Stars: Matt Smith, Karen Gillan, Arthur Darvill, Daniel Mays, Jamie Oram, Emma Cunniffe, Andrew Tiernan, Leila Hoffman, Sophie Cosson
Writer: Mark Gatiss
Director: Richard Clark
Network: BBC America, airs Saturday nights
Original Telecast: September 3, 2011
Well, after last week’s episode where DOCTOR WHO returned from hiatus with a great big whopping River Song story, this week was a bit different and a bit more intimate. In “Night Terrors” the Doctor (Matt Smith) and his companions are summoned to a child’s bedroom via a message on the psychic paper asking them to stop the monsters from getting him. What ensues is an episode heavy on the creepier factors of DOCTOR WHO and less on the overall arc, or relationships of the characters.
George (Jamie Oram) is a little boy seemingly scared of everything around him, from the old lady down the hall, to the sound of the lift, to a fear of abandonment by his parents who are finding it difficult to deal with all of his behavior problems. The Doctor, Amy (Karen Gillan), and Rory (Arthur Darvill) turn up on the scene and of course the two companions get zapped and placed inside of a dollhouse that has Rod Serling as a landlord and Stephen King helping out with the running of the place and the staff. Other tenants of the building find themselves sucked into the dollhouse as well, and they are caught and turned into creepy wooden dolls by the dolls already playing house inside.
While the idea of trapping people in a dollhouse is not that new, this version has some interesting twists and turns as to the ‘why’ and how people are being stuck into the dollhouse from hell. There is a great moment when the Doctor is attempting to use his sonic screwdriver against the dolls and laments aloud that he needs to add a setting for wood. I do like little consistencies like this in the writing. Some Science Fiction forgets its own rules and suddenly you end up with things happening that were never able to happen before. DOCTOR WHO on the other hand reminds us from time to time of the limitations of machinery or people, in this case harkening back to werewolves and Vashta Narada in previous seasons.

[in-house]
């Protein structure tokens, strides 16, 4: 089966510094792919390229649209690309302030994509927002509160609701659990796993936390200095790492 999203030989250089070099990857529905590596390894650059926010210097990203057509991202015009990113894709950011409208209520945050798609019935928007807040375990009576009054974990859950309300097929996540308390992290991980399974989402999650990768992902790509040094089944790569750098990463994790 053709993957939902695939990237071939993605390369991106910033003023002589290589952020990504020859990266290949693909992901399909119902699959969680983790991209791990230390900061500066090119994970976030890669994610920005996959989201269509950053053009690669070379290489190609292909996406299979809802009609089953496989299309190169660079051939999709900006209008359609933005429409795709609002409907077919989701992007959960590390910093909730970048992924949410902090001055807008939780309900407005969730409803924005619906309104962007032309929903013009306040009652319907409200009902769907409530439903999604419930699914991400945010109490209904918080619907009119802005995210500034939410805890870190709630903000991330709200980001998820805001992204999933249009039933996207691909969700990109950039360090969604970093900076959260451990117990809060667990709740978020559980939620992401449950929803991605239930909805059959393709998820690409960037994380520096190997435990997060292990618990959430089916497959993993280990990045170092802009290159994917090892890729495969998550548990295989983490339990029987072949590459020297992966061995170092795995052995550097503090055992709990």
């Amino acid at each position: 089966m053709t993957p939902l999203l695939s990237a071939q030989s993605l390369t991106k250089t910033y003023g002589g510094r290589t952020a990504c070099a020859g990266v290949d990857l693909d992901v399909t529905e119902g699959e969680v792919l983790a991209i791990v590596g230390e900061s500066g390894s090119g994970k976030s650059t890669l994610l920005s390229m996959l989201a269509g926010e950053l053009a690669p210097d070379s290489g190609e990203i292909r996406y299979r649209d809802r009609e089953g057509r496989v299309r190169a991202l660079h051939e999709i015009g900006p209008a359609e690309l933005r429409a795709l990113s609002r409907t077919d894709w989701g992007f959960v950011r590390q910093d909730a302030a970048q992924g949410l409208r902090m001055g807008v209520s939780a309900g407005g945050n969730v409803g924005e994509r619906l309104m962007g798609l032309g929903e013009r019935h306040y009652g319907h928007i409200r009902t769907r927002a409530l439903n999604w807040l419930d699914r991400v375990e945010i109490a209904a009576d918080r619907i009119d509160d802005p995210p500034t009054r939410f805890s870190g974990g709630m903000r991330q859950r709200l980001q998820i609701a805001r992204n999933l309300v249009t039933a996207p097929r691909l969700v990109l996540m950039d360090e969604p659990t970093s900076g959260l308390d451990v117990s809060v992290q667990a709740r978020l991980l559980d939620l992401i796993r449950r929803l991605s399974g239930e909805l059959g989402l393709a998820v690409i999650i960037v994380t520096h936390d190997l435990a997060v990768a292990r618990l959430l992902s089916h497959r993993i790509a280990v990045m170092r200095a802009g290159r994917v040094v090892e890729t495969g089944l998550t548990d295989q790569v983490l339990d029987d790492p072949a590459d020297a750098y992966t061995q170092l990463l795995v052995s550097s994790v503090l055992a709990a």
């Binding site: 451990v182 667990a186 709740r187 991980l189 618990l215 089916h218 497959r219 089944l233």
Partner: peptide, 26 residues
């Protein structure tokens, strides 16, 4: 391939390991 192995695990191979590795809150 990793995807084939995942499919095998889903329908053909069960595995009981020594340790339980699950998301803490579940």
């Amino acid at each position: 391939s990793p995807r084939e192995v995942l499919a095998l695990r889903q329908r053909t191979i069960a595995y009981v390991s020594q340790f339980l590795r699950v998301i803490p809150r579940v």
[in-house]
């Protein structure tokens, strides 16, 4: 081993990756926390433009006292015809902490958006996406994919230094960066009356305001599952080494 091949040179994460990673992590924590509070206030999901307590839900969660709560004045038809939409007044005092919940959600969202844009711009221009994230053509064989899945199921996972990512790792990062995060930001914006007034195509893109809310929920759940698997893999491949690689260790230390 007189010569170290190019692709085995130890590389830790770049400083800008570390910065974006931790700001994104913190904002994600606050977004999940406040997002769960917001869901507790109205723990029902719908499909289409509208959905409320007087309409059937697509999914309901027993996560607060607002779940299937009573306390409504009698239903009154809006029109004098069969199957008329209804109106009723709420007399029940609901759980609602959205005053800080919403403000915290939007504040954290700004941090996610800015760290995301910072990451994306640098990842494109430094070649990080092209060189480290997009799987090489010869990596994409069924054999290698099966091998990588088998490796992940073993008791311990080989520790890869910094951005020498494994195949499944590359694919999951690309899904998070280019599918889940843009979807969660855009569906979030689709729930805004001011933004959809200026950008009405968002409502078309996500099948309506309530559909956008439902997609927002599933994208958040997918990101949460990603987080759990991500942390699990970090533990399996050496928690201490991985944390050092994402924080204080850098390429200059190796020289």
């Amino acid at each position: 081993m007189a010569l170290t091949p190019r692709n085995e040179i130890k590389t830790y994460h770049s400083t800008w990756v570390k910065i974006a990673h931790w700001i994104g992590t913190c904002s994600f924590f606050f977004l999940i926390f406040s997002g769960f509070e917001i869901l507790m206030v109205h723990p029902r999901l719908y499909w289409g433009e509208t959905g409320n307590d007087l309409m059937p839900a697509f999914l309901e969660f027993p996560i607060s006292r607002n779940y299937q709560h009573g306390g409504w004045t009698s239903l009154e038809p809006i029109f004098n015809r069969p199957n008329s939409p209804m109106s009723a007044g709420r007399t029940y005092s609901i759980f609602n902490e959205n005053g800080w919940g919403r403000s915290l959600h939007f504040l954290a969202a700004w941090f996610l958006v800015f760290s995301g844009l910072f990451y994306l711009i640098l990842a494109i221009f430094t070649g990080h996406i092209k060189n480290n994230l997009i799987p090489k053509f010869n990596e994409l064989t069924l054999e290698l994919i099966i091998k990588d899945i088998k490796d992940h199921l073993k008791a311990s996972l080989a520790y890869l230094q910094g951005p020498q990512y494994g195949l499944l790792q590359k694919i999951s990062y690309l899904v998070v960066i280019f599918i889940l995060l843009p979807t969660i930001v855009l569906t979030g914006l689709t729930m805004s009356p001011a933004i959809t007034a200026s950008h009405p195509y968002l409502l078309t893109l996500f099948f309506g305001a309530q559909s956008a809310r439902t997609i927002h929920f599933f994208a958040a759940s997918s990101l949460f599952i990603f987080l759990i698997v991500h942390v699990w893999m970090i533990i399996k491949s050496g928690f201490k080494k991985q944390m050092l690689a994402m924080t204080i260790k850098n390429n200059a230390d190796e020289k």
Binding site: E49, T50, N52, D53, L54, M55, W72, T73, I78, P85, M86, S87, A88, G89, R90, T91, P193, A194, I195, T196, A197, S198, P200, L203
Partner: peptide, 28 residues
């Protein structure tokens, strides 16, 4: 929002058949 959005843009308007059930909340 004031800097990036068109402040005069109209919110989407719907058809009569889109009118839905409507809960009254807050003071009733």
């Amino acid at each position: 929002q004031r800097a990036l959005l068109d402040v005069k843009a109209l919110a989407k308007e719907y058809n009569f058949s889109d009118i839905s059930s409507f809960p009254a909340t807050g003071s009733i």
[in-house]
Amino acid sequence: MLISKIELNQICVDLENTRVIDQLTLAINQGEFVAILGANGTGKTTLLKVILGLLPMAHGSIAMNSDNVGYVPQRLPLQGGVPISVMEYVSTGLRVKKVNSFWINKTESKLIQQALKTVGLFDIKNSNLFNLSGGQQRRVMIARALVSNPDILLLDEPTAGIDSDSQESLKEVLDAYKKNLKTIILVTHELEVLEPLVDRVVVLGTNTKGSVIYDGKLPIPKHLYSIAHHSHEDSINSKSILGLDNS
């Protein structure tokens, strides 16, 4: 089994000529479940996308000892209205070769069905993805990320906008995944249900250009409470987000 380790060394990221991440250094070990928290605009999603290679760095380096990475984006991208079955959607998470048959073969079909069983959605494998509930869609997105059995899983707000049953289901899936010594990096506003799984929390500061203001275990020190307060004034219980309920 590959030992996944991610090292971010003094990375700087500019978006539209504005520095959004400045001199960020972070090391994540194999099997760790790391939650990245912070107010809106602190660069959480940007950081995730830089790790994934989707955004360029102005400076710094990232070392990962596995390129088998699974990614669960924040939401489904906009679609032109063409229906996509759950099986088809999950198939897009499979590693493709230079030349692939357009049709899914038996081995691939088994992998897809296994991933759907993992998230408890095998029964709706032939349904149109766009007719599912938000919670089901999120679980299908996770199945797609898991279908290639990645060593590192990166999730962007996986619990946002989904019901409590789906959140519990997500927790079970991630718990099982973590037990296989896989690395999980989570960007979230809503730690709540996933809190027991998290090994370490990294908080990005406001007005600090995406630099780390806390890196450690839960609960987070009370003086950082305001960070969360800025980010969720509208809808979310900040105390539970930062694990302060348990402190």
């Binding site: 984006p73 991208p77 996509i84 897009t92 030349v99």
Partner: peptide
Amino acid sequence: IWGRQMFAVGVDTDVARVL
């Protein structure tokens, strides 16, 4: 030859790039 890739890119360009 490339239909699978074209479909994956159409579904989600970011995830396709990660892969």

Speaking of well-written dialogue, Rory has a gem when he and Amy first wake up in the dollhouse. He is certain that they are dead…again. At least again in his case as he died multiple times in the fifth series. I love that when something really terrible happens he jumps to a conclusion that most people would have no basis of comparison for!
The supporting cast in this episode are well and good. Jamie Oram is cute as George and has a wonderful terrified innocence throughout most of the episode. Honestly, if kids are better actors than Jake Lloyd (Mannequin Skywalker) I give them the pass go and collect two hundred dollars. Daniel Mays is good as the dad and his tearful acceptance of his son towards the end is really emotional and a great jerker on the old heart-strings.
The dolls in the episode are effective and creepy without being out and out terrifying for little kids. After all, when it comes right down to it, DOCTOR WHO is and always will be a kids’ show. I smell action figures in the wind for the main female doll, and the Amy wooden doll at least.
All in all an enjoyable and almost completely stand alone episode. At the end there is a bit with the Doctor and his impending ‘death’, but that’s about the only continuity moment for the overreaching arc. Although this was the first time I noticed that the lake is “Lake Silence”. Hmmmm. On to next week and dueling Amy Ponds!
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Article: TV Review: DOCTOR WHO – Series 6 – “Night Terrors”